If the Bank of Canada issues a central bank digital currency, the technology should be designed for universal access.
Privacy is a key aspect of a potential central bank digital currency system. We outline different technical choices to enact various privacy models while complying with the appropriate regulations. We develop a framework to evaluate privacy models and list key risks and trade-offs in privacy design.
In this paper, we discuss whether the ability of individuals to convert commercial bank money (i.e., bank deposits) into central bank money is fundamentally important for the monetary system.
Demand for Payment Services and Consumer Welfare: The Introduction of a Central Bank Digital CurrencyUsing a two-stage model, we study the determinants of Canadian consumers’ choices of payment method at the point of sale. We estimate consumer preferences and adoption costs for various combinations of payment methods. We analyze how introducing a central bank digital currency would affect the market equilibrium.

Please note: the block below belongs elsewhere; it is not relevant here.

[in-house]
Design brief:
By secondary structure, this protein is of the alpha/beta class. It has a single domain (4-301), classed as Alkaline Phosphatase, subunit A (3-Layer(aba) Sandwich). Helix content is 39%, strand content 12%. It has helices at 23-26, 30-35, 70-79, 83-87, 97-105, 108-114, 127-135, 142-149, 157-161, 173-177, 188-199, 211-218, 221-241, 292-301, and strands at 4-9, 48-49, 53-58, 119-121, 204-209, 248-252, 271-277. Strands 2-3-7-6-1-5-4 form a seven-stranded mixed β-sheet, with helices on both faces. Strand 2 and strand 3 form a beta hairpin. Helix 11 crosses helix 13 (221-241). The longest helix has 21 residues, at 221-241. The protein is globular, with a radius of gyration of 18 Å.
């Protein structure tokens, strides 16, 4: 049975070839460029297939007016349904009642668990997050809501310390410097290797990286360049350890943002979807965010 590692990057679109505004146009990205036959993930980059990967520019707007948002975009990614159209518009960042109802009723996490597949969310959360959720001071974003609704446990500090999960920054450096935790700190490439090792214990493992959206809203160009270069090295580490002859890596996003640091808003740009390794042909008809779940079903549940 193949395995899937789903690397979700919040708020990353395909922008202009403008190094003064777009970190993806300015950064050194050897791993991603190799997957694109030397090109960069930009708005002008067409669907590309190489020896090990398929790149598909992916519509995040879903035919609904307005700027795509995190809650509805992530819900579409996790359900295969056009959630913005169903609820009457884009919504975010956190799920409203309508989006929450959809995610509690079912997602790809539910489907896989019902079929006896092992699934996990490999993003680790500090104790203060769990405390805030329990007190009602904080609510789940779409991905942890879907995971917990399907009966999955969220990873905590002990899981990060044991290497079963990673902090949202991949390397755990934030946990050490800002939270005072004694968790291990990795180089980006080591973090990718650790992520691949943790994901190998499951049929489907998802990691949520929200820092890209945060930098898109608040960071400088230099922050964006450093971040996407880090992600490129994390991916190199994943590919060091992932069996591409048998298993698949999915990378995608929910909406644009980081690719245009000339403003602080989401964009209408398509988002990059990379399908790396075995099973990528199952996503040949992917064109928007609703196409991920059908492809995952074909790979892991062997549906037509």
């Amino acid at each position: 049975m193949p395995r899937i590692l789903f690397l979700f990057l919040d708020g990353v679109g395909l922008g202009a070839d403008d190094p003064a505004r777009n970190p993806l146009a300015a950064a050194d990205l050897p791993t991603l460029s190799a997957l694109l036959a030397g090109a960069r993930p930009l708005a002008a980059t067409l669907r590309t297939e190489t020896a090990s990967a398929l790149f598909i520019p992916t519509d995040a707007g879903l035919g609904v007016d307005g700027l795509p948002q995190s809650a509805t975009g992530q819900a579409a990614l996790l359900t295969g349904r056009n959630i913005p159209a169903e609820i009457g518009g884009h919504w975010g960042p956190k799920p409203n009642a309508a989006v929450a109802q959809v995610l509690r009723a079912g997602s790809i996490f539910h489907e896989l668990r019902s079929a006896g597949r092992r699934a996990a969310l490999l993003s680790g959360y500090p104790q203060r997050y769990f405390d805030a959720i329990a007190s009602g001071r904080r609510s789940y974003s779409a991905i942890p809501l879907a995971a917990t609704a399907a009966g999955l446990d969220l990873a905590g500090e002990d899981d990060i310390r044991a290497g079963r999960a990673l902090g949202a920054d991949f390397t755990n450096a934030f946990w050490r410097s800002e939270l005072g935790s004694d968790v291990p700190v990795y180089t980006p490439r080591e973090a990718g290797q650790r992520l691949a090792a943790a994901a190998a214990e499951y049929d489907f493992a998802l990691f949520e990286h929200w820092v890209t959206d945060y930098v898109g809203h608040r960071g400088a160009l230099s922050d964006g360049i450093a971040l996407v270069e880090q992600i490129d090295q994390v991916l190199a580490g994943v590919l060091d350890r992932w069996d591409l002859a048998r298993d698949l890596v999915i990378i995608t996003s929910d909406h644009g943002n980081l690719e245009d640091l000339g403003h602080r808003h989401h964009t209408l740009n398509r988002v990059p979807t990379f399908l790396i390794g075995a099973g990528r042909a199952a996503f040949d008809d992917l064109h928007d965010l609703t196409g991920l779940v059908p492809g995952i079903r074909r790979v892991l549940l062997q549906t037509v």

A number of questions can arise when considering the implications of a cashless society. This note considers whether cash is necessary for a uniform currency.
In this note, we highlight a range of technical options and considerations in designing a contingent system for a central bank digital currency (CBDC) in Canada and explore how these options achieve stated public policy goals.
In an increasingly digitalized world, issuers of private digital currency can weaken central banks’ ability to stabilize the economy. By continuing to make central bank money attractive as a payment instrument in a digital world, a central bank digital currency (CDBC) could help to maintain a country’s monetary sovereignty.
Improving the conduct of monetary policy is unlikely to be the main motivation for central banks to issue a central bank digital currency (CBDC). While some argue that a CBDC could allow more complex transfer schemes or the ability to break below the zero lower bound, we find these benefits might be small or difficult to realize in practice.
In 2015, the Bank of Canada surveyed merchants and found that cash was nearly universally accepted (Fung, Huynh and Kosse 2017). Since 2015, retail payments in Canada have become increasingly digitalized, as many Canadians have adopted digital payment innovations like contactless cards and Interac e-Transfer.
The Bank of Canada continues to use the Bitcoin Omnibus Survey (BTCOS) to monitor trends in Canadians’ awareness, ownership and use of Bitcoin. The most recent iteration was conducted in late 2018, following an 85 percent decline in the price of Bitcoin throughout the year.